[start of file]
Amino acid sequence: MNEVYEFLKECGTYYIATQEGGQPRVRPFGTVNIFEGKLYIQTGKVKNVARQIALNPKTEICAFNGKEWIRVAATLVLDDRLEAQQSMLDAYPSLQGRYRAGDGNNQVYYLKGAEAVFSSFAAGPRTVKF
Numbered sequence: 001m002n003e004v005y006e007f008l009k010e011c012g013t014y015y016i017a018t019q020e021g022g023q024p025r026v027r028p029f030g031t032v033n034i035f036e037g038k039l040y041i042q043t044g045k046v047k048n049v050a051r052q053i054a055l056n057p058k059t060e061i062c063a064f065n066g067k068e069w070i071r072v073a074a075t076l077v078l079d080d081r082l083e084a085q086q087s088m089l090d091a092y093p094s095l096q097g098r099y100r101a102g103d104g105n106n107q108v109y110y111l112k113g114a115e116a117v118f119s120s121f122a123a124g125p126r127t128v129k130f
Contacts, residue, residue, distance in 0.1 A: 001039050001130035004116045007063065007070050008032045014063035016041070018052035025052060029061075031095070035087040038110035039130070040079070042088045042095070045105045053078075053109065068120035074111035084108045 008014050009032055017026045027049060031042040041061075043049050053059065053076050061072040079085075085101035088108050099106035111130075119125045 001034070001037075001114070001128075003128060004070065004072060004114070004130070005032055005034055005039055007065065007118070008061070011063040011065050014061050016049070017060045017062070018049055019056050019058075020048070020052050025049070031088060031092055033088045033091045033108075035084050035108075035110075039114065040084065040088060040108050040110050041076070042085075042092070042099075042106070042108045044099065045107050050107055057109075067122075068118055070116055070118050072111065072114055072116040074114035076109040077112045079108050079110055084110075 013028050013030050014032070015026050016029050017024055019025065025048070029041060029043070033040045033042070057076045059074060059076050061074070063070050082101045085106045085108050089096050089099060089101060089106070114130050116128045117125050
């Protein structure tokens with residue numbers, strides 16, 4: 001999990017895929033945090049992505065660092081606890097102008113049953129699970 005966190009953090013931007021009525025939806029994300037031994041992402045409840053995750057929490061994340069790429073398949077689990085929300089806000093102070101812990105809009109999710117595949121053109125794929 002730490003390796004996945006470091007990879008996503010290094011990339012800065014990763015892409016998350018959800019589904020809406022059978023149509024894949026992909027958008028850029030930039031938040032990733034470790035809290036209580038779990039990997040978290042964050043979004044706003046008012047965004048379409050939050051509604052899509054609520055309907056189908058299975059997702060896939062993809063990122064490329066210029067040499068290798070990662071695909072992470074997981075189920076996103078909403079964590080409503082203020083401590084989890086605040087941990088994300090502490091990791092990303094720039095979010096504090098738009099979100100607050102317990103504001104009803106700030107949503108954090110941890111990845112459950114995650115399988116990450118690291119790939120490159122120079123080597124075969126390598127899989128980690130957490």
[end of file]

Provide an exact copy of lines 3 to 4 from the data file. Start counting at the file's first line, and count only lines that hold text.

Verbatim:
Contacts, residue, residue, distance in 0.1 A: 001039050001130035004116045007063065007070050008032045014063035016041070018052035025052060029061075031095070035087040038110035039130070040079070042088045042095070045105045053078075053109065068120035074111035084108045 008014050009032055017026045027049060031042040041061075043049050053059065053076050061072040079085075085101035088108050099106035111130075119125045 001034070001037075001114070001128075003128060004070065004072060004114070004130070005032055005034055005039055007065065007118070008061070011063040011065050014061050016049070017060045017062070018049055019056050019058075020048070020052050025049070031088060031092055033088045033091045033108075035084050035108075035110075039114065040084065040088060040108050040110050041076070042085075042092070042099075042106070042108045044099065045107050050107055057109075067122075068118055070116055070118050072111065072114055072116040074114035076109040077112045079108050079110055084110075 013028050013030050014032070015026050016029050017024055019025065025048070029041060029043070033040045033042070057076045059074060059076050061074070063070050082101045085106045085108050089096050089099060089101060089106070114130050116128045117125050
């Protein structure tokens with residue numbers, strides 16, 4: 001999990017895929033945090049992505065660092081606890097102008113049953129699970 005966190009953090013931007021009525025939806029994300037031994041992402045409840053995750057929490061994340069790429073398949077689990085929300089806000093102070101812990105809009109999710117595949121053109125794929 002730490003390796004996945006470091007990879008996503010290094011990339012800065014990763015892409016998350018959800019589904020809406022059978023149509024894949026992909027958008028850029030930039031938040032990733034470790035809290036209580038779990039990997040978290042964050043979004044706003046008012047965004048379409050939050051509604052899509054609520055309907056189908058299975059997702060896939062993809063990122064490329066210029067040499068290798070990662071695909072992470074997981075189920076996103078909403079964590080409503082203020083401590084989890086605040087941990088994300090502490091990791092990303094720039095979010096504090098738009099979100100607050102317990103504001104009803106700030107949503108954090110941890111990845112459950114995650115399988116990450118690291119790939120490159122120079123080597124075969126390598127899989128980690130957490």